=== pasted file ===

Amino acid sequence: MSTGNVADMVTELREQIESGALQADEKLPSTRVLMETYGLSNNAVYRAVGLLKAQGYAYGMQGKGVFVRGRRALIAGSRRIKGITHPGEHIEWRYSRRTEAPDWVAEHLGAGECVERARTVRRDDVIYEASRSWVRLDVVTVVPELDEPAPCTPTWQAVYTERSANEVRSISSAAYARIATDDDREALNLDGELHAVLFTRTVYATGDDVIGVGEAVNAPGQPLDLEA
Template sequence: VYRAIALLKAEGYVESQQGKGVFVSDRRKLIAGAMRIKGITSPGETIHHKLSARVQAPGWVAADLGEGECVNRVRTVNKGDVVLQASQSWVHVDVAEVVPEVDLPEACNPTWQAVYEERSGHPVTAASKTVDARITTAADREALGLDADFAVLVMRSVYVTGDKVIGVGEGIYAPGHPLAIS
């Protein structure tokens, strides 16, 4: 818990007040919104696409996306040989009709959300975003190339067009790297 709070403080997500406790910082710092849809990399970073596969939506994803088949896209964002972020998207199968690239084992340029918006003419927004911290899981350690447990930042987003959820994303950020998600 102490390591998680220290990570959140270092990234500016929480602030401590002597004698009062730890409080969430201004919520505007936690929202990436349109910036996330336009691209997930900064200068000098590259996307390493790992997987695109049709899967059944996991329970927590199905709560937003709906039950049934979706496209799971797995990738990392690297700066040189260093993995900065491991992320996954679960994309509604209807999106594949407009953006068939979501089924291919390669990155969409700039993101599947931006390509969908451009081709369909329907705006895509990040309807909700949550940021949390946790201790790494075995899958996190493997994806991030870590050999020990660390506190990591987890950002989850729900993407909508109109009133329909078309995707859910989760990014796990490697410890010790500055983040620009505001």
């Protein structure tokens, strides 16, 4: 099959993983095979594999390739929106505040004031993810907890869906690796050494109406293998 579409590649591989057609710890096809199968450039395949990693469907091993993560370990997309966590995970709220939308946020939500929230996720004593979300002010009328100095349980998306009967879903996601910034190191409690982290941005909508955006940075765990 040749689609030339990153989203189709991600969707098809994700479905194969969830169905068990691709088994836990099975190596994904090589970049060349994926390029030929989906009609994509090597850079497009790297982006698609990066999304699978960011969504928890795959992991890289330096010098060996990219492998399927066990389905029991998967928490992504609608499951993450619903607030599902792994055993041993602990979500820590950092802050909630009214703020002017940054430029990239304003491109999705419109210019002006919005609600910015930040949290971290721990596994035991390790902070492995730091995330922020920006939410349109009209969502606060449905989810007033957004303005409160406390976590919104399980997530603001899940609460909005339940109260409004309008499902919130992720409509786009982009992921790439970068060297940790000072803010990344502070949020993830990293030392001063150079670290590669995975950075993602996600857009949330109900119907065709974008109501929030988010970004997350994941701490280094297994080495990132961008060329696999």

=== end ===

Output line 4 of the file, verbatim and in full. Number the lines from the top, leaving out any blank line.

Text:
């Protein structure tokens, strides 16, 4: 099959993983095979594999390739929106505040004031993810907890869906690796050494109406293998 579409590649591989057609710890096809199968450039395949990693469907091993993560370990997309966590995970709220939308946020939500929230996720004593979300002010009328100095349980998306009967879903996601910034190191409690982290941005909508955006940075765990 040749689609030339990153989203189709991600969707098809994700479905194969969830169905068990691709088994836990099975190596994904090589970049060349994926390029030929989906009609994509090597850079497009790297982006698609990066999304699978960011969504928890795959992991890289330096010098060996990219492998399927066990389905029991998967928490992504609608499951993450619903607030599902792994055993041993602990979500820590950092802050909630009214703020002017940054430029990239304003491109999705419109210019002006919005609600910015930040949290971290721990596994035991390790902070492995730091995330922020920006939410349109009209969502606060449905989810007033957004303005409160406390976590919104399980997530603001899940609460909005339940109260409004309008499902919130992720409509786009982009992921790439970068060297940790000072803010990344502070949020993830990293030392001063150079670290590669995975950075993602996600857009949330109900119907065709974008109501929030988010970004997350994941701490280094297994080495990132961008060329696999």